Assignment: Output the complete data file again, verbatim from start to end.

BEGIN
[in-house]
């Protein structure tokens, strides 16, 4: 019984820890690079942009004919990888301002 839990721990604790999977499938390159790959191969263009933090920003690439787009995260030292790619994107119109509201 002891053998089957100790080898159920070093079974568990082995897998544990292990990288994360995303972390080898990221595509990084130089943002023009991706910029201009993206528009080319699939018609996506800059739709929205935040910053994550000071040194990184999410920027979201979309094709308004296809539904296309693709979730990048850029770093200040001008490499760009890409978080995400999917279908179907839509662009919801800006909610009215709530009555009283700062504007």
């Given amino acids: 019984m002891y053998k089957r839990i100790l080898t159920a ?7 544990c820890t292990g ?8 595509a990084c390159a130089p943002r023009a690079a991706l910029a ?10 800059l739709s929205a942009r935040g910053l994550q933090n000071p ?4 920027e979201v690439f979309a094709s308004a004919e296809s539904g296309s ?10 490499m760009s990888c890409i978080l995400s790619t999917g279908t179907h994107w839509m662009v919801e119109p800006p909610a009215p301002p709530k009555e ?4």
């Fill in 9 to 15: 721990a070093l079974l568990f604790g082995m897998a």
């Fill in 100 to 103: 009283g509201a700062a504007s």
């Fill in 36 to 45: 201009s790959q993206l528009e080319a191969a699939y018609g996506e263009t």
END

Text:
[in-house]
């Protein structure tokens, strides 16, 4: 019984820890690079942009004919990888301002 839990721990604790999977499938390159790959191969263009933090920003690439787009995260030292790619994107119109509201 002891053998089957100790080898159920070093079974568990082995897998544990292990990288994360995303972390080898990221595509990084130089943002023009991706910029201009993206528009080319699939018609996506800059739709929205935040910053994550000071040194990184999410920027979201979309094709308004296809539904296309693709979730990048850029770093200040001008490499760009890409978080995400999917279908179907839509662009919801800006909610009215709530009555009283700062504007």
């Given amino acids: 019984m002891y053998k089957r839990i100790l080898t159920a ?7 544990c820890t292990g ?8 595509a990084c390159a130089p943002r023009a690079a991706l910029a ?10 800059l739709s929205a942009r935040g910053l994550q933090n000071p ?4 920027e979201v690439f979309a094709s308004a004919e296809s539904g296309s ?10 490499m760009s990888c890409i978080l995400s790619t999917g279908t179907h994107w839509m662009v919801e119109p800006p909610a009215p301002p709530k009555e ?4």
């Fill in 9 to 15: 721990a070093l079974l568990f604790g082995m897998a």
């Fill in 100 to 103: 009283g509201a700062a504007s």
């Fill in 36 to 45: 201009s790959q993206l528009e080319a191969a699939y018609g996506e263009t």